My Number One Job as a Dad

What do I want for my kids? Who do I want them to be? What do I want from this parenting thing? What is my job as a parent? Why are we doing this? All good questions to ask if you are in the parenting game.

It took me a few years to figure out what I wanted from being a Dad, but I think I’ve finally nailed it down. I want to raise strong, loving kids, that know who they are, know what they want, and aren’t afraid to go get it. In short, I want to empower my kids. I want to be clear though; I’m not trying to steer my kids into anything. I don’t have an attachment to their academic success or financial success. My ultimate goal is to help them live out the true expression of who they are. I want to trust who they already are, not some idea of who I think they are, or should be.

In trusting our kids, fully trusting them, I believe something magical happens. I believe that when we embrace, and celebrate our kids for who they truly are, they grow up feeling whole. Someone who feels whole, complete and enough is going to do good things. This person will do good things for herself, her community and for the world she inhabits.

I want to raise secure kids, confident kids. I figure the best way to do this it to honour them for who they are, and not undermine them or their feelings. I want to help my kids be their best, for themselves and for the world. It is the person who does not feel good about himself that we have to worry about. So many antagonistic, or antisocial behaviours are really just manifestations of insecurity. Insecurity shows up all over the place, from kindergarten teacher to president. Here is the gag though: no body knows it, because we are all too insecure to see it. Ha!

Insecurity can cause problems in our family relationships, our spousal relationships, our work relationship and so on. How many silly arguments have been had because of it?Our behaviour is a reflection of how we feel inside. If we feel insecure or deficient, we aren’t going to be at our best. It’ll show up in our day to day. We might be defensive, combative, or passive aggressive as a result. Multiply this by 7 billion and imagine a world of insecure people interacting with one another. A tall order if we expect everyone to get along, take care of the planet, and play nice.

A silly argument with a spouse isn’t so bad, I agree. But that’s just the tip of the iceberg in my opinion. How many marriages have ended? How many family members have stopped speaking to one another? How much violence has been perpetrated? How much racism and sexism? How much greed? How much fear? How much not believing in yourself?

How much of this can be tied back to insecurity? All of it, I believe.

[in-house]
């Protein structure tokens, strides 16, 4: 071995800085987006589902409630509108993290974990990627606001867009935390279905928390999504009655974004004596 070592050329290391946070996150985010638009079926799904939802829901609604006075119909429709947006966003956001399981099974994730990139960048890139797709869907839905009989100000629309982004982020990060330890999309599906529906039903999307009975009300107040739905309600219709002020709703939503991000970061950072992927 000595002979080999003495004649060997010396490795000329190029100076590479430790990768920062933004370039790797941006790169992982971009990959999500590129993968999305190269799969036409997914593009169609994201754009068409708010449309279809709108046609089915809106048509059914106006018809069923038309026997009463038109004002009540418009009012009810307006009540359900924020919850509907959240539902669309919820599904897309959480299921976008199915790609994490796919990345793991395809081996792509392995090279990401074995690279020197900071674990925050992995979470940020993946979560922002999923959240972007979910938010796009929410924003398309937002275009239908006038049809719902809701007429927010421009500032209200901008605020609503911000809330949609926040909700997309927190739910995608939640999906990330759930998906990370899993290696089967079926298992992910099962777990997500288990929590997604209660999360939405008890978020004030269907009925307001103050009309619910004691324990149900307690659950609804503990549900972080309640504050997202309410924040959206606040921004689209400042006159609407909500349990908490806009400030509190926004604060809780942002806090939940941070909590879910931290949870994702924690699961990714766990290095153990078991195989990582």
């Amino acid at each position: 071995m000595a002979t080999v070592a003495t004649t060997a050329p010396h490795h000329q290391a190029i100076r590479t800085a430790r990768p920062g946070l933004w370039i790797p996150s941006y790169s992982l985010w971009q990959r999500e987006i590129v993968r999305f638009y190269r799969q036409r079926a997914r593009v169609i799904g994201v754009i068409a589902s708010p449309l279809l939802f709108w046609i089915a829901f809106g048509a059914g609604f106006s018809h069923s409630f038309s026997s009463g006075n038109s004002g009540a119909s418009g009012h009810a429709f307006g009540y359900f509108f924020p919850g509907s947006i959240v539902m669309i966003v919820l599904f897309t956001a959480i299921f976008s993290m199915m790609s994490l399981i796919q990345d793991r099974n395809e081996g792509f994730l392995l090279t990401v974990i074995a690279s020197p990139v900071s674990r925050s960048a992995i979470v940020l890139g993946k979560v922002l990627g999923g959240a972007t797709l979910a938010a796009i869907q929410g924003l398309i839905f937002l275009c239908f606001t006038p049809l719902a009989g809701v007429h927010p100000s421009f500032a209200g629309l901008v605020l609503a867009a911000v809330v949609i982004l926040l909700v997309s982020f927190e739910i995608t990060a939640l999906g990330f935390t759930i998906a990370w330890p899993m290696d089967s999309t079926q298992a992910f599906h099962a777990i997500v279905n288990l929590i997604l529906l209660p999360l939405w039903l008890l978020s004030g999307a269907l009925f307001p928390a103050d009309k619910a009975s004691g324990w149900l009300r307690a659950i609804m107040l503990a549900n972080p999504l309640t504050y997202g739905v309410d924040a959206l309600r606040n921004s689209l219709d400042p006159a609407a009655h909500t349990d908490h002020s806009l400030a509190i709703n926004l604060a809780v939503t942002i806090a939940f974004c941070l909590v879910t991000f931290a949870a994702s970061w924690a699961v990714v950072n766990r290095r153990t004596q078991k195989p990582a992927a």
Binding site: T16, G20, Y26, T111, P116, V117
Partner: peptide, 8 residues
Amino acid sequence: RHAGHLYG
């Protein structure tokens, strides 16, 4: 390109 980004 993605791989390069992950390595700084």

When we are emotionally insecure we are more likely to hurt others. In this state, we might even convince ourselves that hurting other people is the answer.  It never works though. Only love wins out.  Yes, insecurity can result in people lashing out, but also in people withdrawing.  It has ties to low self-worth, anxiety and depression. People who feel insecure can find themselves attached to someone, or something, that they think will make them feel whole. It is seen in addiction as well. Personally, I don’t want to increase the chances of my children experiencing any of this. I want them to thrive, not suffer. It’s not hard to see how this all relates to parenting.

For those of you confused about why I’m going on about this, I’ll explain. Sometimes it’s important to consider the consequences of our behaviour. This is especially true for raising kids, as I believe it is a high stakes game.  Our behaviour is constantly being watched and imitated.  Our words and tone of voice can lift our kids up, or it can cut deep. I understand that there are many factors to consider when discussing mental and emotional health, but family of origin is one of them, and it’s a big one. It’s not to say that if we aren’t perfect every we are going to ruin our kids. But what we do does matter.

When I realized all of this, I was forced to ask myself some important questions. Am I raising emotionally secure and healthy kids? Are they securely attached to us? Are we focusing on a good relationship with them first and foremost?  The answer for me was sobering.  I was unwittingly focusing on obedience at all costs, which came to understand is actually detrimental to emotional security.  I thought I was doing the right thing, but when I examined my true beliefs, I realized I was not.  I wasn’t doing the right thing for the relationship I wanted to have with my child.  I wasn’t doing the right thing to empower my kids to be their absolute best.  I was yelling, threatening, hitting, shaming, comparing, bribing. I finally understood that this would come at a cost. It sunk in, “This is not empowerment and will not lead to secure children.” This will lead to childhood wounds that last a long time. It was the opposite of what I really wanted.

Thinking about this helps remind me of how I want to be as a parent.  It helps shape my actions.  The last thing I want is my kids feeling insecure, or acting out their insecurities. I want my kids to thrive, and kick butt… in the most loving way possible. At the end of the day, I want to do my part in helping my kids feel secure, confident and good enough. Aside from keeping them alive, this is my number one job as a Dad.

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